In the EU, chemical regulation for cyclics is high.
In 2018, for instance, D4, D5 and D6 were added to a "candidate list of substances of very high concern," and in 2020, restrictions were placed on "wash-off cosmetics" for D4 and D5.
Rinehart noted that the EU is looking to add D6 to the "wash-off cosmetic" list, as well as monomer found in "leave-on" personal care and consumer products.
A proposal to add European Chemicals Agency (a regulatory body formed in 2007) authorization requirements for D4, D5 and D6 monomer was broached in 2020, though that has not yet become law.
"The EU seems to find that the only appropriate risk is zero risk, and this is not feasible in most countries," Rinehart said.
In the U.S., weight-of-evidence guidelines are followed, though they can vary by state.
"Everything we have done both past and current is to follow these guidelines," Rinehart said. "I don't anticipate (any of the current regulations) getting worse (in the U.S.), but different states have their own regulations."
To wit, if states use an EU-based set of parameters, or the ECHA has made a determination affecting their state (as an import), that could be used as a benchmark for disclosing information, she said.
There are no restrictions from Canada on silicone materials.
The country's final screening assessments on D4 determined that it can be "persistent and toxic" to some aquatic organisms, but that "environmental exposure is low."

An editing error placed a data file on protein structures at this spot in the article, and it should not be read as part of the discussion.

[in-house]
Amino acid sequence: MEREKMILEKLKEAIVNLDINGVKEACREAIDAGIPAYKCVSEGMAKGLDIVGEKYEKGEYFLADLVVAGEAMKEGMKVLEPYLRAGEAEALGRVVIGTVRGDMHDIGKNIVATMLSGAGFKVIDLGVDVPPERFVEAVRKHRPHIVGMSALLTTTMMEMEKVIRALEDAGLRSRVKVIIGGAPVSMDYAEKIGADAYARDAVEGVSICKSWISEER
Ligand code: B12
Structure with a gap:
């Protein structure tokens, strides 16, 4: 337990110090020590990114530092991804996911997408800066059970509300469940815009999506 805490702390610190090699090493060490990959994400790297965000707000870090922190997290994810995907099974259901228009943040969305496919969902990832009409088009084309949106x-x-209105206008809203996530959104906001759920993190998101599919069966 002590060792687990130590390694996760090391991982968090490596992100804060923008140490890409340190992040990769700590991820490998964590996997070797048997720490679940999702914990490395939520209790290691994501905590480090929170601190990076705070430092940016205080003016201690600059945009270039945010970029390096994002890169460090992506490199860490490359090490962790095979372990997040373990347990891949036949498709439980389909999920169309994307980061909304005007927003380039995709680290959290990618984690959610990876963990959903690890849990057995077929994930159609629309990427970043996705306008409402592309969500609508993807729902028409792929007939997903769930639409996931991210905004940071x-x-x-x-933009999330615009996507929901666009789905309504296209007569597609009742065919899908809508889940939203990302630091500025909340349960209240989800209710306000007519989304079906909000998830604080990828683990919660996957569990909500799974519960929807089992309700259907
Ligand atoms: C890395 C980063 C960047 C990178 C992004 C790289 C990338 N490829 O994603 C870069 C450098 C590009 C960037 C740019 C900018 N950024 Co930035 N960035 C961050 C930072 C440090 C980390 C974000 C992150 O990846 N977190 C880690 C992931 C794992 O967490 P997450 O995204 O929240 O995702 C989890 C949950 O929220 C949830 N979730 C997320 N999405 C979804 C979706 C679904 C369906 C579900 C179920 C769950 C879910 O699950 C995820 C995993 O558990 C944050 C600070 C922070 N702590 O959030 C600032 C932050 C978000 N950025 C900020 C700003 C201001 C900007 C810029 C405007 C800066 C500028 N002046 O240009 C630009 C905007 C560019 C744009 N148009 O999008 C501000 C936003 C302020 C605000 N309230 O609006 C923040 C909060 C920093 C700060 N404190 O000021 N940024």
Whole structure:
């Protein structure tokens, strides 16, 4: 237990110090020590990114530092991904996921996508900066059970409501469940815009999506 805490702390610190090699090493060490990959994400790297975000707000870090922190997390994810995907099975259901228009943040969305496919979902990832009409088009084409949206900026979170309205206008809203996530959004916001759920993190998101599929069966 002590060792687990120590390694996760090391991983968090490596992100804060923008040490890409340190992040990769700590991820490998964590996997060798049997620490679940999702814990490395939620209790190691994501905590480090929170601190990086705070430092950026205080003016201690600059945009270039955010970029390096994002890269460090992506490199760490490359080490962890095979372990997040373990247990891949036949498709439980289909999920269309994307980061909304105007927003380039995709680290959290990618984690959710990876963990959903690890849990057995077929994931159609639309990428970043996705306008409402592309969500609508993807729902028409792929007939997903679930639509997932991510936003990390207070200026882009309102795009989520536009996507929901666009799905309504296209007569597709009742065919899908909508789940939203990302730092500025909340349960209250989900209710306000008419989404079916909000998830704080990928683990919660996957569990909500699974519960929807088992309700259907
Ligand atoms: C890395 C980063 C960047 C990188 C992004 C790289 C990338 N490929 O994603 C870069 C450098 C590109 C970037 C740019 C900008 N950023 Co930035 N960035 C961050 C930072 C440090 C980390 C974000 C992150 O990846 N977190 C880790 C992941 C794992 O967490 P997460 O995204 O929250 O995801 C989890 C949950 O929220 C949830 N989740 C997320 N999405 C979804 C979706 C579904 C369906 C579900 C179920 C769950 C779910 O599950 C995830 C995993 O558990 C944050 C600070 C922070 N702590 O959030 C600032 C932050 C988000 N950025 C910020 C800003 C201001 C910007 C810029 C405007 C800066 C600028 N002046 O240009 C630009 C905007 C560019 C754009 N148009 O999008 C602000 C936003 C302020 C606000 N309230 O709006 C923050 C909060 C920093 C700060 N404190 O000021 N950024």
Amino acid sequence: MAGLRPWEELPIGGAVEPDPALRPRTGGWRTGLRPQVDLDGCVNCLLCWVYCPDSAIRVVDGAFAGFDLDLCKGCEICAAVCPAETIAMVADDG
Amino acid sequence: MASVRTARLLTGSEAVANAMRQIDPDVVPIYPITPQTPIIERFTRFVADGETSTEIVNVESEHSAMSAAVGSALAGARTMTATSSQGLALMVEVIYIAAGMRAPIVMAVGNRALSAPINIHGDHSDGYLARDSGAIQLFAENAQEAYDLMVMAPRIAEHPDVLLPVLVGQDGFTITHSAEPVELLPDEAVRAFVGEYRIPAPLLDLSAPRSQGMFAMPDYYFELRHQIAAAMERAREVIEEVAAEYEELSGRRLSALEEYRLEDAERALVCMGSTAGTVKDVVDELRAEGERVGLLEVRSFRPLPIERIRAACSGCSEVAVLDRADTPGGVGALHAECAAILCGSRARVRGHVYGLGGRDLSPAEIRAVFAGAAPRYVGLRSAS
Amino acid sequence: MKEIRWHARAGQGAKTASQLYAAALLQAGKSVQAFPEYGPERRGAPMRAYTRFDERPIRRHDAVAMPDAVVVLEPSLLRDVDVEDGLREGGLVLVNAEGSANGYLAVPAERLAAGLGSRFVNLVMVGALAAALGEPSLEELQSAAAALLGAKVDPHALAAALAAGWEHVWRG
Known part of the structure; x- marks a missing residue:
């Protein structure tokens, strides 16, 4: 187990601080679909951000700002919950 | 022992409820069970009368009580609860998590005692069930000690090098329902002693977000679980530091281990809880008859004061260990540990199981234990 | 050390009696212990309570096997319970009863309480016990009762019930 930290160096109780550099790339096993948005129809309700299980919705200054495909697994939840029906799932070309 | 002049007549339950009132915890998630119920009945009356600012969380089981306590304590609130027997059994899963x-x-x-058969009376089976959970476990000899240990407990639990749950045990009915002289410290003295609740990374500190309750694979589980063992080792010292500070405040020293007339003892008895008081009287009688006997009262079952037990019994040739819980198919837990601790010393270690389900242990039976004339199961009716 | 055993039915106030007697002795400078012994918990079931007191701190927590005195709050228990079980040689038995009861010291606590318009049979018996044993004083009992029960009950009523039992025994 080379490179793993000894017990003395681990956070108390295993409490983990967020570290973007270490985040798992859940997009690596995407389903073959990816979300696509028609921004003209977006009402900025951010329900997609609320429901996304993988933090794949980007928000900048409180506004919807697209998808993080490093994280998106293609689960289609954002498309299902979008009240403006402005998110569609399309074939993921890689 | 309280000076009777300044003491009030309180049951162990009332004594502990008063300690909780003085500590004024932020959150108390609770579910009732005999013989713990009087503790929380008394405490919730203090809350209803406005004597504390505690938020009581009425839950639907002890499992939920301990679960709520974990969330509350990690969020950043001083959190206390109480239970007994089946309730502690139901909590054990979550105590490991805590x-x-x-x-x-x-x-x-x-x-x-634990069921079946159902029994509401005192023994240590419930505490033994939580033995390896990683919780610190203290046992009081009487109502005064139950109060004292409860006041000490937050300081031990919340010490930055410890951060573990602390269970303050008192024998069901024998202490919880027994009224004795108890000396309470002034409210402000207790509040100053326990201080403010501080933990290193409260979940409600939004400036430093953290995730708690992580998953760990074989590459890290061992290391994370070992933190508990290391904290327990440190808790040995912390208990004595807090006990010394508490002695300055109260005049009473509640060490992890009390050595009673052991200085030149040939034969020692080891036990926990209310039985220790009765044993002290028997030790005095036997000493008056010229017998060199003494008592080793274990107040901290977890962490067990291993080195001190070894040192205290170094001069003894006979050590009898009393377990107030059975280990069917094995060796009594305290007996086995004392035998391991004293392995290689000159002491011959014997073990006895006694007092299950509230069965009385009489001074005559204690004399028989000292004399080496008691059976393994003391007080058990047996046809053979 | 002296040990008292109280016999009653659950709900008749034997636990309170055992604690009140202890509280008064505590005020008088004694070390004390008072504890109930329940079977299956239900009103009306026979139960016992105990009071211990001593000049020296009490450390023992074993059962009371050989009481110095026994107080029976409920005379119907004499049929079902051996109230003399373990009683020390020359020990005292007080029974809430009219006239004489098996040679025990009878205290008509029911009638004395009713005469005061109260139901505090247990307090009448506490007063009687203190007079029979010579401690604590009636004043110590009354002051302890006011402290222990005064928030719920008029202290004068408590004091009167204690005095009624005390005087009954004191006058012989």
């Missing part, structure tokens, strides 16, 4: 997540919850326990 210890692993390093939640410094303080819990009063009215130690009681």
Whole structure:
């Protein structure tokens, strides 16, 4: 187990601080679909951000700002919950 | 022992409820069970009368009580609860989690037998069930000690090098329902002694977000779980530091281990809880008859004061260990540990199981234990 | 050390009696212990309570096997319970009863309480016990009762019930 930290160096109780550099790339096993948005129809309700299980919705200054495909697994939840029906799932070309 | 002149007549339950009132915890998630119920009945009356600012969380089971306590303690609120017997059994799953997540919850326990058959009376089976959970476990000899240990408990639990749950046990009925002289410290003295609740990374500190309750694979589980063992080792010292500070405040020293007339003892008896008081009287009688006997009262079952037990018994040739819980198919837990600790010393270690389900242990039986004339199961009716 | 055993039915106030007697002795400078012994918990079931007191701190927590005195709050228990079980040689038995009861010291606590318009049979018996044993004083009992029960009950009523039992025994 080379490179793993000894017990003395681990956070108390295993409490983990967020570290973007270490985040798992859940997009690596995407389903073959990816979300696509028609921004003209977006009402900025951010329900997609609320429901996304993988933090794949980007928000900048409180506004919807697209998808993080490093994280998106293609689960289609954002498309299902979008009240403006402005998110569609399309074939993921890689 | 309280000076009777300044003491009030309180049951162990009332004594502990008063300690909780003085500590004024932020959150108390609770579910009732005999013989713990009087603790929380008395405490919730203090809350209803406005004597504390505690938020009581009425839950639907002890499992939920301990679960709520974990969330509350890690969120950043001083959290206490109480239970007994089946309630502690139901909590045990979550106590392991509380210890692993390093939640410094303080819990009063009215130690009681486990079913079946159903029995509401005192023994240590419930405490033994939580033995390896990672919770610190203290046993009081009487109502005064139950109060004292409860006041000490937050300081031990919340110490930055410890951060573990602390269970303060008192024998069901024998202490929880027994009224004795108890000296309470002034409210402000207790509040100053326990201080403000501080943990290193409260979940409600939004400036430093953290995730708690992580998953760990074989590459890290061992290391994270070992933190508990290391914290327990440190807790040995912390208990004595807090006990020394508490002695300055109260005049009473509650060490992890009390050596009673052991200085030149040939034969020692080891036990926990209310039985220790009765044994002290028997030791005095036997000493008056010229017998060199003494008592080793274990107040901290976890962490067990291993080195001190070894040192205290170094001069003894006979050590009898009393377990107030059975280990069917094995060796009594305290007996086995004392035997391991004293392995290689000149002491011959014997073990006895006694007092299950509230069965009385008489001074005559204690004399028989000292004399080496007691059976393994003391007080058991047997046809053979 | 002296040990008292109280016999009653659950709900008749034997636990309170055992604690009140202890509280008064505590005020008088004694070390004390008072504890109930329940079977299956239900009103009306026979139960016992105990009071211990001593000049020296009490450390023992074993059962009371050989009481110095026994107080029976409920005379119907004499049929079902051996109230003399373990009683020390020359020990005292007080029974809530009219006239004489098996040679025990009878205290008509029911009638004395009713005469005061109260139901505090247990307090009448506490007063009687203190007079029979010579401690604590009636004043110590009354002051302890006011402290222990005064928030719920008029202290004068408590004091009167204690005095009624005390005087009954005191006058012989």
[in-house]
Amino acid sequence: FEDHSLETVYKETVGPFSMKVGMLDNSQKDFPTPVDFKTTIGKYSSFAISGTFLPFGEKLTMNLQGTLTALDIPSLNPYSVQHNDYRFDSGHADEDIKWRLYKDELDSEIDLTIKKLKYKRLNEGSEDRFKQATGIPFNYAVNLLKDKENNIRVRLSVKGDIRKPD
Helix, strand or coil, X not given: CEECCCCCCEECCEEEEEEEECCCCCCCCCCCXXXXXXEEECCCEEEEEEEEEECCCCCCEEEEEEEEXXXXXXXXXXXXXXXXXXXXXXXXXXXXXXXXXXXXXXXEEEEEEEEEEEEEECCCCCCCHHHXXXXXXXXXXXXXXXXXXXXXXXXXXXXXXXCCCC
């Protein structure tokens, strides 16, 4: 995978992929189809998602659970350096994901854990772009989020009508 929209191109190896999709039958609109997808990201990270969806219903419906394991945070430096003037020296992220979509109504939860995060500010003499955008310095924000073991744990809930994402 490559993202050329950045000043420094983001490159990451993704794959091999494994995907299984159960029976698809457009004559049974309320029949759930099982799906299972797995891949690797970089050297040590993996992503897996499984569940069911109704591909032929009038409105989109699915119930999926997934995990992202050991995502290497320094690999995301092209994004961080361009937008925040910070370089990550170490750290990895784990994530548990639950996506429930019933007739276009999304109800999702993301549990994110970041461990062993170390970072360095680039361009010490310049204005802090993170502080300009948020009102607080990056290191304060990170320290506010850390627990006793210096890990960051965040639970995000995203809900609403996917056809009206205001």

A Canadian regulatory board also determined that D5 "does not meet regulatory criteria for bioaccumulation," and the overall conclusion noted that D5 "does not pose a danger to the environment now or in the future."
The same conclusion was drawn with D6 monomer, Rinehart said.
"Both hazard and exposure were considered in determination of risk," she said.
South Korea has included the three monomers on its "Priority Control Substance List," but the only requirement is for an end-use manufacturer to report the use for the monomer.
From Brazil to Australia, other non-EU countries differ slightly in their assessments but generally maintain similar regulations to the U.S., Canada and South Korea.
Australia has determined that the three monomer variants do not pose a significant risk to aquatic life, and no restrictions exist on any of the three.
A more complete assessment of silicone monomer is set to be complete in China by the end of the year, Rinehart noted.
And Japan, in 2017, added D4 and D6 to its chemical control law, but the two variants have no restrictions on their use in the country.
"Again, it is worth noting that there are no restrictions on any silicone materials anywhere in the world outside of Europe," she said.
Rinehart said that the Global Silicones Council, a non-profit, international organization representing companies that produce and sell silicone products around the world, has appealed some of the strict EU court determinations on the monomers.
Shin-Etsu is part of this appeal effort, Rinehart said. The ruling is pending before an EU court, according to the GSC website.
Rinehart concluded by stating that silicones are essential to a circular economy, as they exhibit high-energy efficiency in "all observable sectors;" contribute to fuel savings and electrical insulation; and are an "enabler of the renewable energy transition."
In addition, silicones contribute to product longevity and waste reduction, according to Rinehart's presentation.
"The strong contribution to product longevity can also lead to a significant reduction of primary material demand," she said.
Out of all the greenhouse gas benefits, silicones showed the most promise in battery and LED light spaces.
"The future potential can be attributed to the share of electromobility in the passenger car market, expected to increase to 90 percent by 2050," she said.